published March 28, 2014

What's Happening in SENCER-ISE: Hamilton College & Green Science Policy Institute: a Cross-Continental Collaboration

Hailey Chenevert, NCSCE

The SENCER-ISE partnerships are now deep into their projects using compelling civic issues to forge lasting and valuable connections between formal and informal science educators. To share the great work they are doing with our community, we have started a new feature for the eNews on partnership activities. To learn more about the initiative and the partnerships, visit the SENCER-ISE website, found here .

Hamilton College and Green Science Policy Institute (GSP) are partnering to develop research opportunities for undergraduate science students that meld analytical toxicology with public policy and civic engagement. Dr. Tim Elgren of Hamilton College, and Dr. Arlene Blum and Ms. Avery Lindeman of GSP, have transformed Dr. Elgren's existing Introduction to Chemistry course into a toxicology lab, which includes civic engagement elements that provided students with opportunities to share their findings with the public.

Unlike the other SENCER-ISE partnerships, which are between local organizations and institutions, the Hamilton College (Clinton, NY) and GSP (Berkeley, CA) partnership is unique in that the partners are based thousands of miles apart. Despite the distance and time difference, Hamilton College and GSP have created a successful partnership and lab course that examines broader impacts for chemistry students.

The partnership's use of technology has allowed Dr. Blum and Ms. Lindeman to become involved "remotely" but directly in the course and the students' learning. WebEx, a video conferencing service, is used throughout the course to maintain communication between GSP and the Hamilton students. Dr. Blum presents her lecture, Principles of Chemistry in the Context of Health and Environmental Chemistry, to the class using WebEx.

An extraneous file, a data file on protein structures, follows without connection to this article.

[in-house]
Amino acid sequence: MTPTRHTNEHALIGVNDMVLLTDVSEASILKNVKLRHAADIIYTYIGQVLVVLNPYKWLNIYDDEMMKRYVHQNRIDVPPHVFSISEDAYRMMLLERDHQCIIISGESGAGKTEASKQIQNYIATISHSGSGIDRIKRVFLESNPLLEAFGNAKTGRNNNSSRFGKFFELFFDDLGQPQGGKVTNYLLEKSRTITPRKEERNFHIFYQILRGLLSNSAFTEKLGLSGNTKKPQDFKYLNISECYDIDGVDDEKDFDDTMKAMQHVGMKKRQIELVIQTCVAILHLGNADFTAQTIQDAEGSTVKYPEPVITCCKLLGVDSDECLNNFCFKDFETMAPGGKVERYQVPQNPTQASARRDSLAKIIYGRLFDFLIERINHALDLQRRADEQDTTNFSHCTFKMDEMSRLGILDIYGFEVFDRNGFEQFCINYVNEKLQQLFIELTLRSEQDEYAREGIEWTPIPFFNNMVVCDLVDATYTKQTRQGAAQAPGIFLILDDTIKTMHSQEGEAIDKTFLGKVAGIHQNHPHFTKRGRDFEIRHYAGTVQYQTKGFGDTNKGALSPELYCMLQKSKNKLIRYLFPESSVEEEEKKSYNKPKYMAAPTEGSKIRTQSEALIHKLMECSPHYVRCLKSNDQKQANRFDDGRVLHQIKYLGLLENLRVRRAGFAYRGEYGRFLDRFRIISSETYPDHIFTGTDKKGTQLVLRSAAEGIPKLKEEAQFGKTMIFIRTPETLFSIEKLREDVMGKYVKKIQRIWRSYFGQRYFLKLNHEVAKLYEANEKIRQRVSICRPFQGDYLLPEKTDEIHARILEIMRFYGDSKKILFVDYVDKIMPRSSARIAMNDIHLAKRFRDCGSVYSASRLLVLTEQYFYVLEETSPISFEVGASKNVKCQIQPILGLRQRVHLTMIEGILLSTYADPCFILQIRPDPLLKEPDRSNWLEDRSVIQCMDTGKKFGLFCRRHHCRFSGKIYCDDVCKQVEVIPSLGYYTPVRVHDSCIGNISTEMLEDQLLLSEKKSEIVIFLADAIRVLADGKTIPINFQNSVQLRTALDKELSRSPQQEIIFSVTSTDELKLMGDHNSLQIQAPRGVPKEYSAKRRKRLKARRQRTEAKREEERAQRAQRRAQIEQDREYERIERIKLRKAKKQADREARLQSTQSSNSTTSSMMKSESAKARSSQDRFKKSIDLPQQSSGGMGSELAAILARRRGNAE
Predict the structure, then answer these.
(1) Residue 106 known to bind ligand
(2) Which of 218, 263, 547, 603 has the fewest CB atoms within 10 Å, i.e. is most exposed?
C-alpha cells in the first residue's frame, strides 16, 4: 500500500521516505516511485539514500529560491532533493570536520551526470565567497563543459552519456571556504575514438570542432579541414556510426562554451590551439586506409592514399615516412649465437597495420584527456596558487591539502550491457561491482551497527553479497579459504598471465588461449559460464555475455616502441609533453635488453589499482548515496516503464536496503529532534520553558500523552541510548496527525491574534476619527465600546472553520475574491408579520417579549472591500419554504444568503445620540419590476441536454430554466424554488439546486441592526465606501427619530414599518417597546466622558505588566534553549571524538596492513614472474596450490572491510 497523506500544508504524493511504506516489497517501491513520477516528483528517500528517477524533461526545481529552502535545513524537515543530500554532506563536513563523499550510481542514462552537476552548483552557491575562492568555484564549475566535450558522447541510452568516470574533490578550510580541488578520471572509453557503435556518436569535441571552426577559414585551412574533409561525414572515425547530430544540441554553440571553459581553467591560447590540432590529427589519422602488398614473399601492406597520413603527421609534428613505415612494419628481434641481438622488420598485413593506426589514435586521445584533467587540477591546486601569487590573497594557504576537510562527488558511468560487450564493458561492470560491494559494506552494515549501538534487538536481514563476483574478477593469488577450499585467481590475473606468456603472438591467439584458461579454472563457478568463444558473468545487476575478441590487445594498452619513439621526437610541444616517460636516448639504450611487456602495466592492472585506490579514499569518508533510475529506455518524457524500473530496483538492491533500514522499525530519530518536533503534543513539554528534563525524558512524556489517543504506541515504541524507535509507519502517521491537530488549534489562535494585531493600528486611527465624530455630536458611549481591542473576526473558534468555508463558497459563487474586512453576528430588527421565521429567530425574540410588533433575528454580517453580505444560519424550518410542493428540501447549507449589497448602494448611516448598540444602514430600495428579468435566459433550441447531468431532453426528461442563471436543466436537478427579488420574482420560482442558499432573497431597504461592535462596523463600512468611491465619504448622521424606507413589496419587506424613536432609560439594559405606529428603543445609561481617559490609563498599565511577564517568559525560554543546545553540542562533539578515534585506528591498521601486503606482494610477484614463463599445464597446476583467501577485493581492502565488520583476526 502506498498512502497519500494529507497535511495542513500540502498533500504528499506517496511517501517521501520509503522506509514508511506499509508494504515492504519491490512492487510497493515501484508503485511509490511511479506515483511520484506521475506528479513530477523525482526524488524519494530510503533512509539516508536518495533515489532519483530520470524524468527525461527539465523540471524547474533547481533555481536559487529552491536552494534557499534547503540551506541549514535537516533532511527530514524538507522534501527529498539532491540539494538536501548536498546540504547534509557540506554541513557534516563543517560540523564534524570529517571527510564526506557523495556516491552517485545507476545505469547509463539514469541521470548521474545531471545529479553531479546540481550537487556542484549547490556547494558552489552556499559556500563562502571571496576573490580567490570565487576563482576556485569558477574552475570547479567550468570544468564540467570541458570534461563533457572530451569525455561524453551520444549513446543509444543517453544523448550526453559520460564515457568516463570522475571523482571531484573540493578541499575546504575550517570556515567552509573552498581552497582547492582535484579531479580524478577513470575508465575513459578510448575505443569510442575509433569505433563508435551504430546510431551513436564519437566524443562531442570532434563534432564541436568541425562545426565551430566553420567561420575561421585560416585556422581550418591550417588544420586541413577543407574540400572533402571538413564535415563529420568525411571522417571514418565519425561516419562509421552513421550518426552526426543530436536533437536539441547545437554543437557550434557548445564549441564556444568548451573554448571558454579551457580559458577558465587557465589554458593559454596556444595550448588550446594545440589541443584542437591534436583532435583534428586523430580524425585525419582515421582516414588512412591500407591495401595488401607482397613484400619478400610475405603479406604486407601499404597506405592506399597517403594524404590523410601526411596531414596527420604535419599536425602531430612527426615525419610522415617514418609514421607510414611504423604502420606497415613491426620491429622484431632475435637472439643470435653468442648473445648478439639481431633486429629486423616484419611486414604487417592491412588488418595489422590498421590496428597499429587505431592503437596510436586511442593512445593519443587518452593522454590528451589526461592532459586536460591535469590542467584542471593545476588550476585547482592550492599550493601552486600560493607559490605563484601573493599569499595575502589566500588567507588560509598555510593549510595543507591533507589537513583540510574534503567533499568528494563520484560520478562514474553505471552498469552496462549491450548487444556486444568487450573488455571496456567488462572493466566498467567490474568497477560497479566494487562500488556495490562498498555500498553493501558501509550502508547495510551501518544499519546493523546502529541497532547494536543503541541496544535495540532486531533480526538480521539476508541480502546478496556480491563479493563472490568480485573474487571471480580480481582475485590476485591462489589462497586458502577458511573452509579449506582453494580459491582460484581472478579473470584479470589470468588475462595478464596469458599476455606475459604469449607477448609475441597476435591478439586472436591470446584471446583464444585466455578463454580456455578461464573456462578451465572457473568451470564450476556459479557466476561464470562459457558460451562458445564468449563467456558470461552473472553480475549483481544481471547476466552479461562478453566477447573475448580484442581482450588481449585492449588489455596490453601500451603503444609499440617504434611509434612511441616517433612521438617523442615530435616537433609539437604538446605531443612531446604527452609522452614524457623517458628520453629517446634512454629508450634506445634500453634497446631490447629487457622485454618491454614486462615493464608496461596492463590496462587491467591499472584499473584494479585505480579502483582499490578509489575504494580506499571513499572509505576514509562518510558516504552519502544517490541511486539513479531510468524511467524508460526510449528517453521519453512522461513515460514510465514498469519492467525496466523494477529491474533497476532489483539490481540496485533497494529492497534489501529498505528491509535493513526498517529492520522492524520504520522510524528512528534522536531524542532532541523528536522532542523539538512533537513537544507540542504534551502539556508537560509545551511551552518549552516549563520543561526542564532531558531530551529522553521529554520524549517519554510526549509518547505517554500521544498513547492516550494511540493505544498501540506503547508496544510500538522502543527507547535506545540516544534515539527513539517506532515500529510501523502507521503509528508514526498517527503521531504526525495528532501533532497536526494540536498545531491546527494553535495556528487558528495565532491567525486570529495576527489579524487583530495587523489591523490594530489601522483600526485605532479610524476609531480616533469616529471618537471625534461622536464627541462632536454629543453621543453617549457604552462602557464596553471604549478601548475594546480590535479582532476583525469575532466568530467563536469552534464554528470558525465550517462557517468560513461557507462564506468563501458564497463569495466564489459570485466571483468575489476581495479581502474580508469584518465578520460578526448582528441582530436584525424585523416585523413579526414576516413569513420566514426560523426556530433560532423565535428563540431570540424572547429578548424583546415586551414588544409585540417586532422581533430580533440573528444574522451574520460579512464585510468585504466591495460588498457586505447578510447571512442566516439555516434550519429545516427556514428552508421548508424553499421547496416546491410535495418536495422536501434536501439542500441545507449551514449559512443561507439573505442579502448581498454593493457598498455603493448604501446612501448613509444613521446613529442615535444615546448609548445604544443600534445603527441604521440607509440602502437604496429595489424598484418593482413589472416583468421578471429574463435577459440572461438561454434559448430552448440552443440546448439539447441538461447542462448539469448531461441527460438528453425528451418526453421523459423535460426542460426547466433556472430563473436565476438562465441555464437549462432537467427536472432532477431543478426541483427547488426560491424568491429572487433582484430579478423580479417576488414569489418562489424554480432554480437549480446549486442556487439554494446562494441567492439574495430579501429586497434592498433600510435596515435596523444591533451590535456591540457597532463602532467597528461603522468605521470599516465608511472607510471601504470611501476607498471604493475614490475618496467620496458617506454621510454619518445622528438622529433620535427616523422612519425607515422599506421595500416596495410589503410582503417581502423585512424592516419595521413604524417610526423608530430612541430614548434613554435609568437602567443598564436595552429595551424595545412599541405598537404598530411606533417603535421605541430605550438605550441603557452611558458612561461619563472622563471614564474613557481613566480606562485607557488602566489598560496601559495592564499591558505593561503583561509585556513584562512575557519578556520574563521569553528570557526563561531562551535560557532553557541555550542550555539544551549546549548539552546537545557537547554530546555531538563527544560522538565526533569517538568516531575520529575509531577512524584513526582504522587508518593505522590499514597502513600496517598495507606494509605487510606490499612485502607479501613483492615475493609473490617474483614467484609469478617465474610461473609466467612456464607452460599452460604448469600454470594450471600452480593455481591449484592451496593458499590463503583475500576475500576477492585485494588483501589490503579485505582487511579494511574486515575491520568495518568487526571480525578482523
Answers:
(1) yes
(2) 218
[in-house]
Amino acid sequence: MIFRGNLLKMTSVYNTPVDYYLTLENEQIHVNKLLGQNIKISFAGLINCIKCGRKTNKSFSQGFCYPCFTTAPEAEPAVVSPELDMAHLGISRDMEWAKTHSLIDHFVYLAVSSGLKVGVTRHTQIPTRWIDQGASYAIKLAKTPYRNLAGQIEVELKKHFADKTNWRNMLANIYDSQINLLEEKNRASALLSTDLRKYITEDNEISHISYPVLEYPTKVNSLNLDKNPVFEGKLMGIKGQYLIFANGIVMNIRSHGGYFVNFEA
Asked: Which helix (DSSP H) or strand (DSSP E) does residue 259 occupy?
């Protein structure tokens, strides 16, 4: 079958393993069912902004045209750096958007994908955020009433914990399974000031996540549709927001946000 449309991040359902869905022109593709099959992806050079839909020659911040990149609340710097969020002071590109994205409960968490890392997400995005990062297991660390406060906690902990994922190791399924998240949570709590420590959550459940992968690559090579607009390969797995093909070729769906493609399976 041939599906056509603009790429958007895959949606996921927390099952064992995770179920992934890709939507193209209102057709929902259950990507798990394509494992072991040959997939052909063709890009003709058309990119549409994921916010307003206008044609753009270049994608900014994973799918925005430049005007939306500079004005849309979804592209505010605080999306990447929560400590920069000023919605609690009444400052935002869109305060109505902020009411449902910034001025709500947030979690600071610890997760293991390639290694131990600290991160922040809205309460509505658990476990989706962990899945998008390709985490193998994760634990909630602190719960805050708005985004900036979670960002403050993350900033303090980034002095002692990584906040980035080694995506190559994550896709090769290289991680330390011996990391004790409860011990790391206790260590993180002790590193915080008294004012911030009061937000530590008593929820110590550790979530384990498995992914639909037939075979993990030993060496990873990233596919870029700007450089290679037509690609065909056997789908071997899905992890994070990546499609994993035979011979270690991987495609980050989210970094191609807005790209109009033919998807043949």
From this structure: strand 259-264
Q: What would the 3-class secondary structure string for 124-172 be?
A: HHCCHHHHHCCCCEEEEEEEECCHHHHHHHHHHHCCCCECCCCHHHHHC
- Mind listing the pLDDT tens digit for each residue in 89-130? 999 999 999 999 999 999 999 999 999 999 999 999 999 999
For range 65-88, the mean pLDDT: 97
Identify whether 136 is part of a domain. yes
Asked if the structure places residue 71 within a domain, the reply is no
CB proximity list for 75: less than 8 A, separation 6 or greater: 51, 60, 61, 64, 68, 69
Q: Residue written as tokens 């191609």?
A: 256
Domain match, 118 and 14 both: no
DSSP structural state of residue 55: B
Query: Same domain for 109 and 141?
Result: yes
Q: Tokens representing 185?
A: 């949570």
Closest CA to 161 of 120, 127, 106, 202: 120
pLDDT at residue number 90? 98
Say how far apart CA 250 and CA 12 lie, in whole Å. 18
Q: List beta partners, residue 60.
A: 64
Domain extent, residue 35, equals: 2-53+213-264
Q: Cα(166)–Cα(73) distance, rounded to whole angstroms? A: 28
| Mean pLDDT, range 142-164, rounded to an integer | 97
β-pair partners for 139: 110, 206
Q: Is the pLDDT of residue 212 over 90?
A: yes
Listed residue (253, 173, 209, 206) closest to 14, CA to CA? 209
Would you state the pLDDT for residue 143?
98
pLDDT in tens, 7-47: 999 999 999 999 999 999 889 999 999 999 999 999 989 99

Dr. Blum and Ms. Lindeman also hold one-on-one meetings with students using the conferencing service. After making analytical measurements to quantify human exposure to various toxins found in common household products, the students develop projects to communicate their findings to the public, and receive individualized consultations from GSP before finalizing their projects and presenting them at "The Toxic Poster Session," held on campus.

The partners intend for students in future Introduction to chemistry courses to reach beyond the campus by communicating their results to decision makers in government, and industry and, through contacts with media, citizens in the public, who can make or ask for changes to protect the public's health and the environment.

Dr. Elgren says the partnership has been an extraordinary experience for both him, and the Hamilton students. Dr. Elgren explains, "The questions are beginning to extend beyond the simple act of measuring toxins to a broader consideration of the next important question, whether that be moving the science forward, considering the broader impact of the work and identifying important audiences that should be informed about the findings."

The partners are beginning to discuss how Hamilton College can assist GSP in their efforts to develop educational materials and curricula to help make it easier for educators to introduce these topics and strategies in their classroom.

To watch a recording of Dr. Blum's lecture, Principles of Chemistry in the Context of Health and Environmental Chemistry, click here.